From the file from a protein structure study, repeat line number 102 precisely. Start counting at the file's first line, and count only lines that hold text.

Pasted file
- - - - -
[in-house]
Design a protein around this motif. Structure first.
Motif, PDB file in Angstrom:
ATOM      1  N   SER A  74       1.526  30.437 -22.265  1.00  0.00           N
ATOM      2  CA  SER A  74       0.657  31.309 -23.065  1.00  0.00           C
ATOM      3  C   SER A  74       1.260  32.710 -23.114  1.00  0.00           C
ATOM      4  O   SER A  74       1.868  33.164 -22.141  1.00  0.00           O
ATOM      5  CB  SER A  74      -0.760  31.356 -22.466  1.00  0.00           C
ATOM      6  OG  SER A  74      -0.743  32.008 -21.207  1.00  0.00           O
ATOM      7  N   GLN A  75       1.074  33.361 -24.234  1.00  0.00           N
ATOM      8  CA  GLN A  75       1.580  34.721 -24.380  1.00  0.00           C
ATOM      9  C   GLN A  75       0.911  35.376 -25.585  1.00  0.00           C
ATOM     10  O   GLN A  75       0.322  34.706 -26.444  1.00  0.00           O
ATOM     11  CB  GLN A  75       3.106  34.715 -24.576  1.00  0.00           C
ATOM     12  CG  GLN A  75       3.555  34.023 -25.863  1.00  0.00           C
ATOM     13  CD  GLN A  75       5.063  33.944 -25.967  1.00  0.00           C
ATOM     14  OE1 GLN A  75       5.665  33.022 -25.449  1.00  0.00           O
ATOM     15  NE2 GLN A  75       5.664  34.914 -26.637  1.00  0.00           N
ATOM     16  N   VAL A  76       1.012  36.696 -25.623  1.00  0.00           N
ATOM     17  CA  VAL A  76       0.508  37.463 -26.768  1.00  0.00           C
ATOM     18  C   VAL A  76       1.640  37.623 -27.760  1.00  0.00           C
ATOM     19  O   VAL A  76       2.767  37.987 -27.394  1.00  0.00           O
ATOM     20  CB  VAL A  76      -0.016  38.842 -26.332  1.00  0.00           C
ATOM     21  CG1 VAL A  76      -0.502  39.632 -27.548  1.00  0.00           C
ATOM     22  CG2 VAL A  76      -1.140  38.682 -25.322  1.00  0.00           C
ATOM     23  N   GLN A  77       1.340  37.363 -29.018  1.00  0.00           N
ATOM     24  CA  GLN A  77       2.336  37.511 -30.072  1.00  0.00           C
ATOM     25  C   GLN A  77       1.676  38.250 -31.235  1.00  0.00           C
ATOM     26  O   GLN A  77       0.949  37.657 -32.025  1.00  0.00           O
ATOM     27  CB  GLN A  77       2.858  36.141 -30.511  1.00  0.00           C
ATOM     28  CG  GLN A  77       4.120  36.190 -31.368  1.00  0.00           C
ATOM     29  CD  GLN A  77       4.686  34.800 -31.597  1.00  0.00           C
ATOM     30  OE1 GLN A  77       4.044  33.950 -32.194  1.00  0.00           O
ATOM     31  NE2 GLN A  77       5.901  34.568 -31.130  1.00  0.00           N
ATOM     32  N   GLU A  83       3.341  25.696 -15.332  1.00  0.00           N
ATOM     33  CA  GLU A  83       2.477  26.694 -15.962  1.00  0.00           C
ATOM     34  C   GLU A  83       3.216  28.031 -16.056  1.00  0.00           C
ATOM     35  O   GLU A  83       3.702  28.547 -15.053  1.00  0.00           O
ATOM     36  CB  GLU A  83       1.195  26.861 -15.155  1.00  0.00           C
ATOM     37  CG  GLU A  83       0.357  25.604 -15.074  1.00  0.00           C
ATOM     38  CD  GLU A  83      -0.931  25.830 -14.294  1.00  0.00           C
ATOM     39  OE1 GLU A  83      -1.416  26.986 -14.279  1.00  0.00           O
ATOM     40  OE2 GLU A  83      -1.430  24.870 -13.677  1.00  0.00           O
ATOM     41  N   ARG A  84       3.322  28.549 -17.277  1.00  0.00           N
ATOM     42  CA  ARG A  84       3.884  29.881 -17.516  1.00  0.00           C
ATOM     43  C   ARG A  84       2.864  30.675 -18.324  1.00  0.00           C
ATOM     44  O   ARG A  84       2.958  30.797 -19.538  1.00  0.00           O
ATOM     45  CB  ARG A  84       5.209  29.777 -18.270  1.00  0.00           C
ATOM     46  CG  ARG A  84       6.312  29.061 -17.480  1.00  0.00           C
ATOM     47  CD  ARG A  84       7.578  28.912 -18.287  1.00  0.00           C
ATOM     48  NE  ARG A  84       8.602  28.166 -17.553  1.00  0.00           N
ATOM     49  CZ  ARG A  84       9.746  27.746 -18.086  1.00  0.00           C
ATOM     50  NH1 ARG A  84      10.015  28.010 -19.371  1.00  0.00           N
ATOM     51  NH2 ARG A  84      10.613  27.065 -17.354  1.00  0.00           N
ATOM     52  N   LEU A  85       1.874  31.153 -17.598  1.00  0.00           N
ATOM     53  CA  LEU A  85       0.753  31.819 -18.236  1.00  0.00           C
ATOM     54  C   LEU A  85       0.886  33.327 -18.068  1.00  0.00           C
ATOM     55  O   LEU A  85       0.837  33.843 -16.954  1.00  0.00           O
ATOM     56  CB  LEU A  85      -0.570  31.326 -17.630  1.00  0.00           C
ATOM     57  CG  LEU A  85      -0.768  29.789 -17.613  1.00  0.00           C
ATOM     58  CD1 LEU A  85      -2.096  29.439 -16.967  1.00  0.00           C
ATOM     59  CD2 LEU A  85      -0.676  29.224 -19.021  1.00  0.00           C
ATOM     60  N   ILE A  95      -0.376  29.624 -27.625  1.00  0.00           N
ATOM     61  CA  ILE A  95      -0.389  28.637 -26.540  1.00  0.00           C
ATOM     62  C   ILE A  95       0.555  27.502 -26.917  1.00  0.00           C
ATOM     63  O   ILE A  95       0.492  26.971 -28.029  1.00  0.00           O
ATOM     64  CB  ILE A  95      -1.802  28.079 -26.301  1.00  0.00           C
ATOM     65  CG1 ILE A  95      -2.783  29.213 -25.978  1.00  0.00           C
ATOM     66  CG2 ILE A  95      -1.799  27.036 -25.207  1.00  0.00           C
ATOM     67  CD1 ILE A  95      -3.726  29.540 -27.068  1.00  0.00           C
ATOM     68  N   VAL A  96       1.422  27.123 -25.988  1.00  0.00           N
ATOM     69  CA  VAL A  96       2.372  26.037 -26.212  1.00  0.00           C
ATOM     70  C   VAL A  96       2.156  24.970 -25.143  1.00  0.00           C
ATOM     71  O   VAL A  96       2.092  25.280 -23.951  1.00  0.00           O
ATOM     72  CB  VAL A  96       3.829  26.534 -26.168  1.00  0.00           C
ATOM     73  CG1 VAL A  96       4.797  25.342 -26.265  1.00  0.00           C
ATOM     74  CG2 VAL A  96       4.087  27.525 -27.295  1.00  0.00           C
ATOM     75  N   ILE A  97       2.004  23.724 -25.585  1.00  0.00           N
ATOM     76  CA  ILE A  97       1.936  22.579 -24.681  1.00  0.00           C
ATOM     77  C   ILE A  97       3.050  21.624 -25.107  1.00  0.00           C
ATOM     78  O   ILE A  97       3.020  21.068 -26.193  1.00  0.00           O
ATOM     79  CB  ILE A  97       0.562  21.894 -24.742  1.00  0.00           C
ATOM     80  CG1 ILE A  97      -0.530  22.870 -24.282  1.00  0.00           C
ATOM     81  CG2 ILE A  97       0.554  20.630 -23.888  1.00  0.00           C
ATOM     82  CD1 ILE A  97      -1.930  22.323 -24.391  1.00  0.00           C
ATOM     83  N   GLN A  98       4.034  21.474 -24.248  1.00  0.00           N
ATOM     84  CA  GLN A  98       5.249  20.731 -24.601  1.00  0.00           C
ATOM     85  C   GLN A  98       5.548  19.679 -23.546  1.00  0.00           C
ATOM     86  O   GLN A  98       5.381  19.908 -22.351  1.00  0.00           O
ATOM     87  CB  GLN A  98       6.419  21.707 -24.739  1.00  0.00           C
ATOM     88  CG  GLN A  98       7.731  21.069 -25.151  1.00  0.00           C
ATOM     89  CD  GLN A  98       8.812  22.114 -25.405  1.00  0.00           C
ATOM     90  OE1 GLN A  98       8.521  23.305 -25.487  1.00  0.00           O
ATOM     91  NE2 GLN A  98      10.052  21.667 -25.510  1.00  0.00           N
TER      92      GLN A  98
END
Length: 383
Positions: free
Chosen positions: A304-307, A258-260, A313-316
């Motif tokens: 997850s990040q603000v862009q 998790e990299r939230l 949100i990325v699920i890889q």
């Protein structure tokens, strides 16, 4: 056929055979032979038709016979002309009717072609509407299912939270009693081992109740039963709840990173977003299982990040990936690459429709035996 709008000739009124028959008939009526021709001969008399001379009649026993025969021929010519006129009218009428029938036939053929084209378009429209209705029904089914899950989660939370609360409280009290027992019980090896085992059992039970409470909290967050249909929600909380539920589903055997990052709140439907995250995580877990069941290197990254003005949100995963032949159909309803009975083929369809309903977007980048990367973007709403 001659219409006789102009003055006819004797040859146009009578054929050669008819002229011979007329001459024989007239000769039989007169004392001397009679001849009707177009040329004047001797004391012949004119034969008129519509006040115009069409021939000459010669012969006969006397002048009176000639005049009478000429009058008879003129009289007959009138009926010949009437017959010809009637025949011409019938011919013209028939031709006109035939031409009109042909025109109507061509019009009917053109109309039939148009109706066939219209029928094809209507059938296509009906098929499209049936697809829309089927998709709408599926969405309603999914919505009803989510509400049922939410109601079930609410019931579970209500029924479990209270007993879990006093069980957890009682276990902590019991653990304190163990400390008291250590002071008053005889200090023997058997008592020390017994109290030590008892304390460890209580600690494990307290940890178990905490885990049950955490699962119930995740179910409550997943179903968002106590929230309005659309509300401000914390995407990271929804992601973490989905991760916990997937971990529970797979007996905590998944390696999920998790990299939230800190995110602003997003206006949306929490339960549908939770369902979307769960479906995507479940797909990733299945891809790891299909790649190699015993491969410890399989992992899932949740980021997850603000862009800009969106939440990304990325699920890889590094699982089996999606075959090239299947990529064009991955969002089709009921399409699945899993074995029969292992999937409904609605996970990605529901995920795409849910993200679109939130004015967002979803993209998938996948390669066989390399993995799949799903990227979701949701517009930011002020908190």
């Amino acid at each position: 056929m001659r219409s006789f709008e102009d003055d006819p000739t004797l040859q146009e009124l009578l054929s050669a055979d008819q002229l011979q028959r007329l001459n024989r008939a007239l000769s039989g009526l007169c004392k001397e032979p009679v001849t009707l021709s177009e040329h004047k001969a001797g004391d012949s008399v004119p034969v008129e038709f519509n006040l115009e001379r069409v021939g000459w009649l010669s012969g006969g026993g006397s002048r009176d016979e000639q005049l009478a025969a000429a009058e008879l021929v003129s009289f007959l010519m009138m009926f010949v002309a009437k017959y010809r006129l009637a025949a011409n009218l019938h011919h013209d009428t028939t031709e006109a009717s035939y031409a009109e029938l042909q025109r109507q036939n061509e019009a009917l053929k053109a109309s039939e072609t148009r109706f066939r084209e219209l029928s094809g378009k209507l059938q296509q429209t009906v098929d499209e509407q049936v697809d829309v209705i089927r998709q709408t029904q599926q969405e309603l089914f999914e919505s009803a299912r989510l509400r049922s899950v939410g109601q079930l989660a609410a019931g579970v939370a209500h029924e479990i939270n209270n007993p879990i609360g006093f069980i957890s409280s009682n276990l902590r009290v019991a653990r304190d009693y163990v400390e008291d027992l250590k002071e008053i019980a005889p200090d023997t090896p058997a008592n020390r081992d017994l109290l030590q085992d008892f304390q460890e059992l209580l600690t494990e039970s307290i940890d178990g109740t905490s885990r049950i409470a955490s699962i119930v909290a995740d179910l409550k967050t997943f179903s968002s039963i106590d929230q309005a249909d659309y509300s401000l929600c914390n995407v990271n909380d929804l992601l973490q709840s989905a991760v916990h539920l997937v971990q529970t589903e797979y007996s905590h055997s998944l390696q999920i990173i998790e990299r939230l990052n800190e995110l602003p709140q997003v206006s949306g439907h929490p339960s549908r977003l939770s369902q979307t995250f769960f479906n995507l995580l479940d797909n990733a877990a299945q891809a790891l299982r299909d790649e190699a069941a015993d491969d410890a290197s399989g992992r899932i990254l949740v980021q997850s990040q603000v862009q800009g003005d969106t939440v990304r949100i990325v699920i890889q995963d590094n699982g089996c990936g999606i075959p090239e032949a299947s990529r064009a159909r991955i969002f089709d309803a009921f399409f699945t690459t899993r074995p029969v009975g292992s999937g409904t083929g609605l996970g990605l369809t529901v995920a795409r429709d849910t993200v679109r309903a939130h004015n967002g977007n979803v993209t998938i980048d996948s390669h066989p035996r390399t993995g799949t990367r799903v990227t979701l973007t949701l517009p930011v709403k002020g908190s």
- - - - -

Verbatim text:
């Amino acid at each position: 056929m001659r219409s006789f709008e102009d003055d006819p000739t004797l040859q146009e009124l009578l054929s050669a055979d008819q002229l011979q028959r007329l001459n024989r008939a007239l000769s039989g009526l007169c004392k001397e032979p009679v001849t009707l021709s177009e040329h004047k001969a001797g004391d012949s008399v004119p034969v008129e038709f519509n006040l115009e001379r069409v021939g000459w009649l010669s012969g006969g026993g006397s002048r009176d016979e000639q005049l009478a025969a000429a009058e008879l021929v003129s009289f007959l010519m009138m009926f010949v002309a009437k017959y010809r006129l009637a025949a011409n009218l019938h011919h013209d009428t028939t031709e006109a009717s035939y031409a009109e029938l042909q025109r109507q036939n061509e019009a009917l053929k053109a109309s039939e072609t148009r109706f066939r084209e219209l029928s094809g378009k209507l059938q296509q429209t009906v098929d499209e509407q049936v697809d829309v209705i089927r998709q709408t029904q599926q969405e309603l089914f999914e919505s009803a299912r989510l509400r049922s899950v939410g109601q079930l989660a609410a019931g579970v939370a209500h029924e479990i939270n209270n007993p879990i609360g006093f069980i957890s409280s009682n276990l902590r009290v019991a653990r304190d009693y163990v400390e008291d027992l250590k002071e008053i019980a005889p200090d023997t090896p058997a008592n020390r081992d017994l109290l030590q085992d008892f304390q460890e059992l209580l600690t494990e039970s307290i940890d178990g109740t905490s885990r049950i409470a955490s699962i119930v909290a995740d179910l409550k967050t997943f179903s968002s039963i106590d929230q309005a249909d659309y509300s401000l929600c914390n995407v990271n909380d929804l992601l973490q709840s989905a991760v916990h539920l997937v971990q529970t589903e797979y007996s905590h055997s998944l390696q999920i990173i998790e990299r939230l990052n800190e995110l602003p709140q997003v206006s949306g439907h929490p339960s549908r977003l939770s369902q979307t995250f769960f479906n995507l995580l479940d797909n990733a877990a299945q891809a790891l299982r299909d790649e190699a069941a015993d491969d410890a290197s399989g992992r899932i990254l949740v980021q997850s990040q603000v862009q800009g003005d969106t939440v990304r949100i990325v699920i890889q995963d590094n699982g089996c990936g999606i075959p090239e032949a299947s990529r064009a159909r991955i969002f089709d309803a009921f399409f699945t690459t899993r074995p029969v009975g292992s999937g409904t083929g609605l996970g990605l369809t529901v995920a795409r429709d849910t993200v679109r309903a939130h004015n967002g977007n979803v993209t998938i980048d996948s390669h066989p035996r390399t993995g799949t990367r799903v990227t979701l973007t949701l517009p930011v709403k002020g908190s």